PreMarket Prep Stock Of The Day: General Electric

Benzinga's PreMarket Prep airs every morning from 8-9 a.m. ET. During that fast-paced, highly informative hour, traders and investors tune in to get the major news of the day, the catalysts behind those moves and the corresponding price action for the upcoming session.

On any given day, the show will cover at least 20 stocks determined by co-hosts Joel Elconin and Dennis Dick along with producer Spencer Israel.

It's not often that large-cap companies do a reverse split. On most occasions, smaller companies do a reverse split to elevate their stock price so they can continue to list on a major exchange.

What Is A Reverse Split? It's a corporate action that consolidates the number of existing shares of stock into fewer, proportionally more valuable, shares. As a result, it reduces the number of shares available for trading and can be pursued for a number of reasons. As stated above, it can signal a company in distress.

The New GE Price: Going back 20 years doesn't make for a pretty chart that's not really different from the old one. In essence, General Electric GE is a long way away from the lofty levels it was at 20 years ago and may be there again.

After the reverse split, the 20-year high is $327.29. The issue made a new 20-year low in March 2020 when it bottomed at $43.84, which came just under the March 2009 low of $44.05.

With GE trading at the $100 area, it ' much closer to the all-time low than the all-time high, reflecting the company's miserable underperformance since the financial crisis.

Price Action Since Reverse Split: GE began trading on an adjusted basis on Aug. 2. Interestingly, the issue is trading at nearly the same level as its closing price on that day of $100.60. Therefore, there hasn't been a mass exit out of the issue by large institutional shareholders that are saddled with the issue in their portfolio.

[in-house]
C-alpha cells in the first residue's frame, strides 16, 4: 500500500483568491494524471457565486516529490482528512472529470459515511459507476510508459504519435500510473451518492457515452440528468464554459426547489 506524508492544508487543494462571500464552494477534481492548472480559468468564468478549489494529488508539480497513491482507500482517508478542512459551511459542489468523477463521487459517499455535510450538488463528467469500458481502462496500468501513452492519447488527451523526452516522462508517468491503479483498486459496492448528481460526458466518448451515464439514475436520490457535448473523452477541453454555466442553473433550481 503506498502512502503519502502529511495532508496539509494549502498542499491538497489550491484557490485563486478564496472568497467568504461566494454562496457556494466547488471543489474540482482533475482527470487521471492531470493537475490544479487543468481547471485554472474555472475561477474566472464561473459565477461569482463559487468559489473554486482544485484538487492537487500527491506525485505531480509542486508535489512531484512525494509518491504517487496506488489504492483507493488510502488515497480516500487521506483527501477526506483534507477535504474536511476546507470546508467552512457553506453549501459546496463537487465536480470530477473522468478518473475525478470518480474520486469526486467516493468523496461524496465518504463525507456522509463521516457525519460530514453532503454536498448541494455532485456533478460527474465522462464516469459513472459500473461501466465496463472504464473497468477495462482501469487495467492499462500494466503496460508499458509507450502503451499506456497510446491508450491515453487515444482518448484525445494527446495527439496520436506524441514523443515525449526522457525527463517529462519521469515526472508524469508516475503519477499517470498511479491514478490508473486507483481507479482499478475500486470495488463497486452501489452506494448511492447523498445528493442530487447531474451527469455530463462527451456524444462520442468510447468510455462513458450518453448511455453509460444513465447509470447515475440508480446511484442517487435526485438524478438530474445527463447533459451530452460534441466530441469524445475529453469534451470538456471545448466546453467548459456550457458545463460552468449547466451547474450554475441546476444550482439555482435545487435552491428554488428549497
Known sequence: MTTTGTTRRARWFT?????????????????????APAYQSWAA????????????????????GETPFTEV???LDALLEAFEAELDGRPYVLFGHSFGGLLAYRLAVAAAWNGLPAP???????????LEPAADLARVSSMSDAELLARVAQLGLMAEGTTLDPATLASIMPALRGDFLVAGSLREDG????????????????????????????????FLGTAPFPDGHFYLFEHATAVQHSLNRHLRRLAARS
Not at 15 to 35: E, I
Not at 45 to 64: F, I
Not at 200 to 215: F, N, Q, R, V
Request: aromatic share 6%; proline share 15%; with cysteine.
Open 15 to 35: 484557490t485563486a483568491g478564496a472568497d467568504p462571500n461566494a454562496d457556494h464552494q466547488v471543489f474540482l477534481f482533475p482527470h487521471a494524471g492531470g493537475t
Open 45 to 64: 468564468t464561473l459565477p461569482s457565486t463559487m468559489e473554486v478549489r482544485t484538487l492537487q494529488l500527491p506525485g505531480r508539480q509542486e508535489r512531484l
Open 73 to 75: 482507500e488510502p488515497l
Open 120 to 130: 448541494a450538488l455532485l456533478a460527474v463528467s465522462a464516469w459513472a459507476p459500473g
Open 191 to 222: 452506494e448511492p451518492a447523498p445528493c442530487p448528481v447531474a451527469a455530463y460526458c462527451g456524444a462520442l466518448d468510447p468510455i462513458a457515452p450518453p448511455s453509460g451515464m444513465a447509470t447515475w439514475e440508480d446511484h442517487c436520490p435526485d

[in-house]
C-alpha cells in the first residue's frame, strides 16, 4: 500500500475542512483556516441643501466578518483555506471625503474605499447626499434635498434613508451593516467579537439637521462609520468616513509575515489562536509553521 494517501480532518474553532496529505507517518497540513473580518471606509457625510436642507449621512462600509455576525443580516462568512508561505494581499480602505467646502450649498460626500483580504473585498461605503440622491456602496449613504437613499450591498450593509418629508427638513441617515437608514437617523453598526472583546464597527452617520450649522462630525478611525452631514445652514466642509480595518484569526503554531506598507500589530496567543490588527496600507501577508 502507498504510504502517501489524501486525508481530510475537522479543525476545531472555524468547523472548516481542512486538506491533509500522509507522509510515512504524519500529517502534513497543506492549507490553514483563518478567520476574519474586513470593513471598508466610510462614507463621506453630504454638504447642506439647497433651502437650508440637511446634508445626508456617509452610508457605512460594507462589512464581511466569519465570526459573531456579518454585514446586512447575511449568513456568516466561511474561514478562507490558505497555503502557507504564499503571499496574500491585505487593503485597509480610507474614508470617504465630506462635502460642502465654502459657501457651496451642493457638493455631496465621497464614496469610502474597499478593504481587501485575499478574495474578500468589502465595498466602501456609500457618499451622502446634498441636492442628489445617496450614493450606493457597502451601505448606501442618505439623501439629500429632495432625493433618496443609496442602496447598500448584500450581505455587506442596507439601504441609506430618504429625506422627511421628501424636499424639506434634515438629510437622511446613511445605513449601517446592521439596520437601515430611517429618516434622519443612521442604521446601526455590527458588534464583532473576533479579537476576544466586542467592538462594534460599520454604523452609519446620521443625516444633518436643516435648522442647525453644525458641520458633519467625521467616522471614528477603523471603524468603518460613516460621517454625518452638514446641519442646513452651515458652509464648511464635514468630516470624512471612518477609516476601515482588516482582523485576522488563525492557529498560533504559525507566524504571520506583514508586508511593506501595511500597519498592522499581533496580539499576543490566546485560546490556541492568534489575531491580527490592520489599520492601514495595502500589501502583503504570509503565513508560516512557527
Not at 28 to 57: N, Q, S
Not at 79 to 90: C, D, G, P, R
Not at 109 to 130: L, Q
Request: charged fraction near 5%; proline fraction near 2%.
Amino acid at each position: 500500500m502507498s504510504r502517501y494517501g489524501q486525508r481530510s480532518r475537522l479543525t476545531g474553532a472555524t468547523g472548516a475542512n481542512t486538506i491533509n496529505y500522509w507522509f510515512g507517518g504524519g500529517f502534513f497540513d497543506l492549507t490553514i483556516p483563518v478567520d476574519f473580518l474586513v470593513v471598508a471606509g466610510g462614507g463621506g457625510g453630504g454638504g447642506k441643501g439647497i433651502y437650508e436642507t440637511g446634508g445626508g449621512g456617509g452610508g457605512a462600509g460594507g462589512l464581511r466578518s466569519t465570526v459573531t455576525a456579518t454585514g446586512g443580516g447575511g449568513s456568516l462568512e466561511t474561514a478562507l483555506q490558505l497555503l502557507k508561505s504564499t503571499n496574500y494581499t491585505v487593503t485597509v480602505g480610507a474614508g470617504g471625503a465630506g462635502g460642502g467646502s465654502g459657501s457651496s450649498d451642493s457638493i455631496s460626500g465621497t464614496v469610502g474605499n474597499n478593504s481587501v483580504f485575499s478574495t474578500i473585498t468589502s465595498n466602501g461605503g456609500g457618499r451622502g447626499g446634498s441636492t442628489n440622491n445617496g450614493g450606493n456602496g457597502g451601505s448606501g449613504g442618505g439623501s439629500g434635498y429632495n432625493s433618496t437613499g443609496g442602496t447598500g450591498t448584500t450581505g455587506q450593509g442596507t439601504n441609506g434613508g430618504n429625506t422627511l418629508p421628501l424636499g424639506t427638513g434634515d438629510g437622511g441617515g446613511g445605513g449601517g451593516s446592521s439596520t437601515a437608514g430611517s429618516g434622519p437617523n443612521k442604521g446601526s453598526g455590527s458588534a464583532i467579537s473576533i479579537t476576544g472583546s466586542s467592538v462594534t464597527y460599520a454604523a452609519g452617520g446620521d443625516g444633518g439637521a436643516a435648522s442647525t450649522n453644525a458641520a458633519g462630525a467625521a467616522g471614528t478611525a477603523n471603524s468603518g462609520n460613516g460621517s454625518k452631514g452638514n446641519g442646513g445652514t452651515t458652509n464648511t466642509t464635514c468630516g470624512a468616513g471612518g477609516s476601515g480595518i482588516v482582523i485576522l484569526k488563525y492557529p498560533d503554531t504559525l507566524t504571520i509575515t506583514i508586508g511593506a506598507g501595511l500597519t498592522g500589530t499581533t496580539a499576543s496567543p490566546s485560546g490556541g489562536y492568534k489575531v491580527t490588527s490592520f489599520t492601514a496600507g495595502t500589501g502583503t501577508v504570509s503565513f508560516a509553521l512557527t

What is noteworthy about the overall price action is that the post reverse split high ($107.23) from Aug. 12 was only a few pennies away from the high in its first session as a higher-priced issue. As a result, with double-top in place and the issue well off it, there's a clear roadblock to higher prices for the issue.

On the downside, the post reverse split low ($98.11) was made on the second day of trading. That level was almost revisited in Thursday’s session when the issue made a low at $98.60. Also, the issue posted its close since the reverse split as it ended Thursday’s session at $99.42.

Trying To Be Optimistic: Based on only Friday’s price action, there is one favorable scenario for the issue. That being it found support off the open between Thursday’s low and the close at $99.10. Since making that low, its rally came up just shy of Thursday’s high ($100.82) as $100.67 stands as the high for the session.

Although the pair of lows at the bottom aren't as close as the pair of highs at the top, investors may approach the issue as a trading range stock that just tested the bottom of the trading range and has reversed course.

That makes the new GE not much different from the old GE, which would grind in tight ranges making several lows and or highs in the same area and then reversing...but now at higher prices.

Photo: Momoneymoproblemz via Wikimedia Commons

Posted In: TechnicalsTrading Ideas